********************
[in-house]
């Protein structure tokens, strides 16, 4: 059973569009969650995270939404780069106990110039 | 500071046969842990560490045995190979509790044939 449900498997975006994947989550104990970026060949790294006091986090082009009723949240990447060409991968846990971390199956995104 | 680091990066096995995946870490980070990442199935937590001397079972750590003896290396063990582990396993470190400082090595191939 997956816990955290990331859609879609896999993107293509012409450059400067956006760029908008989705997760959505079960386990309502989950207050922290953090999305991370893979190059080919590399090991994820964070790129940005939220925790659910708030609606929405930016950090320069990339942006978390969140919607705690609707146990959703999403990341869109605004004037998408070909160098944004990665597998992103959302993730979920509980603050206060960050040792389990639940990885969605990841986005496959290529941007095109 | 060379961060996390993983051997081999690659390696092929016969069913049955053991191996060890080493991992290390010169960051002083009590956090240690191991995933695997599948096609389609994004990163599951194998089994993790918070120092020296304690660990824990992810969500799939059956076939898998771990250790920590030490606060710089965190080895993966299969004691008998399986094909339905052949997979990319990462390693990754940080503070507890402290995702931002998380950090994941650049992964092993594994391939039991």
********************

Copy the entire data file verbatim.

[in-house]
């Protein structure tokens, strides 16, 4: 059973569009969650995270939404780069106990110039 | 500071046969842990560490045995190979509790044939 449900498997975006994947989550104990970026060949790294006091986090082009009723949240990447060409991968846990971390199956995104 | 680091990066096995995946870490980070990442199935937590001397079972750590003896290396063990582990396993470190400082090595191939 997956816990955290990331859609879609896999993107293509012409450059400067956006760029908008989705997760959505079960386990309502989950207050922290953090999305991370893979190059080919590399090991994820964070790129940005939220925790659910708030609606929405930016950090320069990339942006978390969140919607705690609707146990959703999403990341869109605004004037998408070909160098944004990665597998992103959302993730979920509980603050206060960050040792389990639940990885969605990841986005496959290529941007095109 | 060379961060996390993983051997081999690659390696092929016969069913049955053991191996060890080493991992290390010169960051002083009590956090240690191991995933695997599948096609389609994004990163599951194998089994993790918070120092020296304690660990824990992810969500799939059956076939898998771990250790920590030490606060710089965190080895993966299969004691008998399986094909339905052949997979990319990462390693990754940080503070507890402290995702931002998380950090994941650049992964092993594994391939039991």